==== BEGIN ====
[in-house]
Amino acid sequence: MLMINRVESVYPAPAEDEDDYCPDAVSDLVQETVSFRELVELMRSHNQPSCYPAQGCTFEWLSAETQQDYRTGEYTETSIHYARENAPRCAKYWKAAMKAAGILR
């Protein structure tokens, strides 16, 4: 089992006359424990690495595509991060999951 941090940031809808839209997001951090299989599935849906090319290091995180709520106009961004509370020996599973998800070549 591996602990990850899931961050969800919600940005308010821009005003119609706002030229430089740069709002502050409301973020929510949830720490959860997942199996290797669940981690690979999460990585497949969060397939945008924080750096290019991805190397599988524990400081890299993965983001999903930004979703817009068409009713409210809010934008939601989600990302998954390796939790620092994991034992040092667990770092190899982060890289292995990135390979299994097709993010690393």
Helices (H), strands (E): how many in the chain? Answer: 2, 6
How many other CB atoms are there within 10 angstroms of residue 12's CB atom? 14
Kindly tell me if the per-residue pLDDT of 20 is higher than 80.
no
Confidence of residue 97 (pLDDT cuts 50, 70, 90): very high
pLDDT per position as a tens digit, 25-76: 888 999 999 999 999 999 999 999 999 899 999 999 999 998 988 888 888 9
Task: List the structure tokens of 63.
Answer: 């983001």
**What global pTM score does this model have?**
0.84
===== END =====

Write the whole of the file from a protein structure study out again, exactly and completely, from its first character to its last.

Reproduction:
[in-house]
Amino acid sequence: MLMINRVESVYPAPAEDEDDYCPDAVSDLVQETVSFRELVELMRSHNQPSCYPAQGCTFEWLSAETQQDYRTGEYTETSIHYARENAPRCAKYWKAAMKAAGILR
């Protein structure tokens, strides 16, 4: 089992006359424990690495595509991060999951 941090940031809808839209997001951090299989599935849906090319290091995180709520106009961004509370020996599973998800070549 591996602990990850899931961050969800919600940005308010821009005003119609706002030229430089740069709002502050409301973020929510949830720490959860997942199996290797669940981690690979999460990585497949969060397939945008924080750096290019991805190397599988524990400081890299993965983001999903930004979703817009068409009713409210809010934008939601989600990302998954390796939790620092994991034992040092667990770092190899982060890289292995990135390979299994097709993010690393």
Helices (H), strands (E): how many in the chain? Answer: 2, 6
How many other CB atoms are there within 10 angstroms of residue 12's CB atom? 14
Kindly tell me if the per-residue pLDDT of 20 is higher than 80.
no
Confidence of residue 97 (pLDDT cuts 50, 70, 90): very high
pLDDT per position as a tens digit, 25-76: 888 999 999 999 999 999 999 999 999 899 999 999 999 998 988 888 888 9
Task: List the structure tokens of 63.
Answer: 């983001």
**What global pTM score does this model have?**
0.84